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That first year of law school is a bit -- what's the word?
"Daunting," yeah that's it. When you come from a different background, sometimes it's hard to find the right word.
That's why some law schools offer programs for first-generation law students. The programs are designed to bring diversity to the legal profession.
It is more than scholarships or help paying for law school. It's students who come from underrepresented, marginalized, or "tough" communities where lawyers are scarce.
"Often these students are the first in their family to receive a high school diploma, let alone a college degree, so this makes for a very daunting prospect," according to JD Journal.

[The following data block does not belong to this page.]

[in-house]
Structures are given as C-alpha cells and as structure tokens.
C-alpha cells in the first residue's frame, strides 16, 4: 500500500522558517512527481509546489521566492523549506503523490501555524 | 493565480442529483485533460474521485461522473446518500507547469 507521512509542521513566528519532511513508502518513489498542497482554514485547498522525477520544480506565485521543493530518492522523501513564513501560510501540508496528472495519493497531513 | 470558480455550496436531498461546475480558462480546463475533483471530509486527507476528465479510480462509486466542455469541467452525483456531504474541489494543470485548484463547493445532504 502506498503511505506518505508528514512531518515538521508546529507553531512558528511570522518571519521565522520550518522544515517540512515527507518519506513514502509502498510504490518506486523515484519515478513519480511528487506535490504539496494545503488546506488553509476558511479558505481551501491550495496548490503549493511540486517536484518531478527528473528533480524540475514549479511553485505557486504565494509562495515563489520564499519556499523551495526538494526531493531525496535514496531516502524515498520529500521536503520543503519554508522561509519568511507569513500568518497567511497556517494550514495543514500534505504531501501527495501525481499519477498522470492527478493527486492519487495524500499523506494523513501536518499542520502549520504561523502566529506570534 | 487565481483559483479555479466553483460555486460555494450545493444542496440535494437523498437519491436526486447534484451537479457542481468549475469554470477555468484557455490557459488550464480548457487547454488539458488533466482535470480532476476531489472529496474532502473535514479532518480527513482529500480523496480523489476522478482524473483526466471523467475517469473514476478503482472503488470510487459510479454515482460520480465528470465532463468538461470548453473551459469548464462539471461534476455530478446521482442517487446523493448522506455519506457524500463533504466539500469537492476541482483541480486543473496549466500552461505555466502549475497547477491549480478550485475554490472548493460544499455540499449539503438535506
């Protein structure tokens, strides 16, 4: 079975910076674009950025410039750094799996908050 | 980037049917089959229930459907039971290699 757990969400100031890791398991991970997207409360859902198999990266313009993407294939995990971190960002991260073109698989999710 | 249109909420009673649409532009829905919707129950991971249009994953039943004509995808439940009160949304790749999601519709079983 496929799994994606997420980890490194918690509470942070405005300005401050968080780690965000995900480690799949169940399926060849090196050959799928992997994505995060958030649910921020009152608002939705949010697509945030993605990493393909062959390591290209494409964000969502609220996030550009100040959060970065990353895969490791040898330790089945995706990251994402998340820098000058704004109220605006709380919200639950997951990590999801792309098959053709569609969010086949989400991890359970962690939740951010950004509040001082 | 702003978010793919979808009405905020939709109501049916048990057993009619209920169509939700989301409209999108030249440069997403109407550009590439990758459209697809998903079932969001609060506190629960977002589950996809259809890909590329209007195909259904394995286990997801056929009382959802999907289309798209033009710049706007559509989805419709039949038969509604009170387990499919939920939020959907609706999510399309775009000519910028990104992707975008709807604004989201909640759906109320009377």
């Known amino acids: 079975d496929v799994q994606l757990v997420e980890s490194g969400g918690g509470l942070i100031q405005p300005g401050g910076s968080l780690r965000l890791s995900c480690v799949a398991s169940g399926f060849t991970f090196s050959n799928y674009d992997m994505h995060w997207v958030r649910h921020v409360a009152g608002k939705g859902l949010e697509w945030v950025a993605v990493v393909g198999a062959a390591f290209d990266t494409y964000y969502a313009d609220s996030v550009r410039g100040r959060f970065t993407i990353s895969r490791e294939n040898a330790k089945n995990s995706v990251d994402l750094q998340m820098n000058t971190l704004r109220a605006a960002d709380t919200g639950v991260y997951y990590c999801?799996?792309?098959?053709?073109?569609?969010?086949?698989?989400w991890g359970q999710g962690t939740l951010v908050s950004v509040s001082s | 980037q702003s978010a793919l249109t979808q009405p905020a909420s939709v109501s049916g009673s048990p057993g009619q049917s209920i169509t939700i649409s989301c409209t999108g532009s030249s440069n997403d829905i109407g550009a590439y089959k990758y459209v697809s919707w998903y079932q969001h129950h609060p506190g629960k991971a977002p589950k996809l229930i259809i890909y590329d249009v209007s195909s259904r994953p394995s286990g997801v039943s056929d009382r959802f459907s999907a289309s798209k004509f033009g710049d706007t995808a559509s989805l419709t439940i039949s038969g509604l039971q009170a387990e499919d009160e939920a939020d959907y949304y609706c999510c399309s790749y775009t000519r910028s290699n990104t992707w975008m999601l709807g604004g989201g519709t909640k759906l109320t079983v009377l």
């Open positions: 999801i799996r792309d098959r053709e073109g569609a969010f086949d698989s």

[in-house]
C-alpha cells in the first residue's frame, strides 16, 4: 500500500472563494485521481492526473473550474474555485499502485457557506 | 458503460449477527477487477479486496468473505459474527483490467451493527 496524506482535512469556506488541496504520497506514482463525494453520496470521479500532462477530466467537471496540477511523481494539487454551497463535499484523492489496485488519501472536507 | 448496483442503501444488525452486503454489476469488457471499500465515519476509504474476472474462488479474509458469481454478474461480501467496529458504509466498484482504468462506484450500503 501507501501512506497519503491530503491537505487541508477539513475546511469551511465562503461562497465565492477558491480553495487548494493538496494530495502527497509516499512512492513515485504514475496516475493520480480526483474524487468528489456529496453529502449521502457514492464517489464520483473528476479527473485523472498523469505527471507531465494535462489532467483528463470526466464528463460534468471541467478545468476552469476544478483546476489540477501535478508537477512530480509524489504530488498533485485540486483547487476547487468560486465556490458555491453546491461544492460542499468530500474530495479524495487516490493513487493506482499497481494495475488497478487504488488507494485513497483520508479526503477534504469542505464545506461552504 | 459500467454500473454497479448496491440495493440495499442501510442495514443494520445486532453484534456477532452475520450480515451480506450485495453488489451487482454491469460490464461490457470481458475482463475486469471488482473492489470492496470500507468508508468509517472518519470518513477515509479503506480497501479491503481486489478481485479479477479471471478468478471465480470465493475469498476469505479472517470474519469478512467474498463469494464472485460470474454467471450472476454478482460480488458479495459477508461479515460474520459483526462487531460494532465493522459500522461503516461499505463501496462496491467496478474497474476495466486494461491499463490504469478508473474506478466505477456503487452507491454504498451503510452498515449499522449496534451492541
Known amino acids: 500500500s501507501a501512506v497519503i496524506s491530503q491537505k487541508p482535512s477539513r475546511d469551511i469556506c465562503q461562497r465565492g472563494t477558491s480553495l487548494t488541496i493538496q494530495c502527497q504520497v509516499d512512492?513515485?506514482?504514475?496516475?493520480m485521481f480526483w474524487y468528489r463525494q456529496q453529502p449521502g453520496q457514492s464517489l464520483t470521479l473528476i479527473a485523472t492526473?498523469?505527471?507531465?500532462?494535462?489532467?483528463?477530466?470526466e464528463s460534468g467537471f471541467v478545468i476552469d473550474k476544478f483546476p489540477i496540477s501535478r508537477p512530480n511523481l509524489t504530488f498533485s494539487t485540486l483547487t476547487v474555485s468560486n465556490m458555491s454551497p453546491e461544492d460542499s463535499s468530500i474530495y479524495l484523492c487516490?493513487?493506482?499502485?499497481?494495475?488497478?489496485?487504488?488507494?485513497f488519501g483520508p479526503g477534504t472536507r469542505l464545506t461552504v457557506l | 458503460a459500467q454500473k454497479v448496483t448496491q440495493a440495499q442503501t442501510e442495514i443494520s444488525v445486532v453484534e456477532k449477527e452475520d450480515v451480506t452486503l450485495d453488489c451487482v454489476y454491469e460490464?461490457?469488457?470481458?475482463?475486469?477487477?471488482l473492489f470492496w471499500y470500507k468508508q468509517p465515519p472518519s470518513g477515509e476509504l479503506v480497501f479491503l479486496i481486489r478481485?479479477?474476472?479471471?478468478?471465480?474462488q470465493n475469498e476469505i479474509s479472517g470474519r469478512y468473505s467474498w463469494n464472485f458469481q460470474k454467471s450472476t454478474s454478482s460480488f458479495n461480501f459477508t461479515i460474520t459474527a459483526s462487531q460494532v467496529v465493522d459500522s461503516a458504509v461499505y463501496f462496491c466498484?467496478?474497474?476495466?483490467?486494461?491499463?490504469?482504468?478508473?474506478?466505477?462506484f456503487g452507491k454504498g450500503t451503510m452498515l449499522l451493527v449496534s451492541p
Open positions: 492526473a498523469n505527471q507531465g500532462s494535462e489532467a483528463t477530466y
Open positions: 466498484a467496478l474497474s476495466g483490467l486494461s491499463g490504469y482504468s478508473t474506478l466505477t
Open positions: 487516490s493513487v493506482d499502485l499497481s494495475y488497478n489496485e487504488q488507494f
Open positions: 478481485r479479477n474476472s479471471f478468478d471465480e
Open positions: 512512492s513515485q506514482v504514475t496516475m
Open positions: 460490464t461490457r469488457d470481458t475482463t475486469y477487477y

Law schools at the University of Southern California, University of California, New York University, and Yale all offer programs for first generation students. USC, for example, offers peer mentorship, networking opportunities, and seminars.
"Working Identity: Name Changes, Cultural Challenges and Other Assimilation Pressures," and "Debt and the First Generation Professional" are seminars designed specifically for first- generation law students there.
Michelle Kim Hall knows the challenges first-hand. She counsels students and writes about law school admissions for U.S. News.
She said one law school applicant came from parents who dropped out of high school. Her father went to prison, but she distinguished herself in her application.
"Her ability to excel academically and professionally in spite of these disadvantages distinguished her from other applicants," Hall wrote. "She earned admission to a top-five law school."
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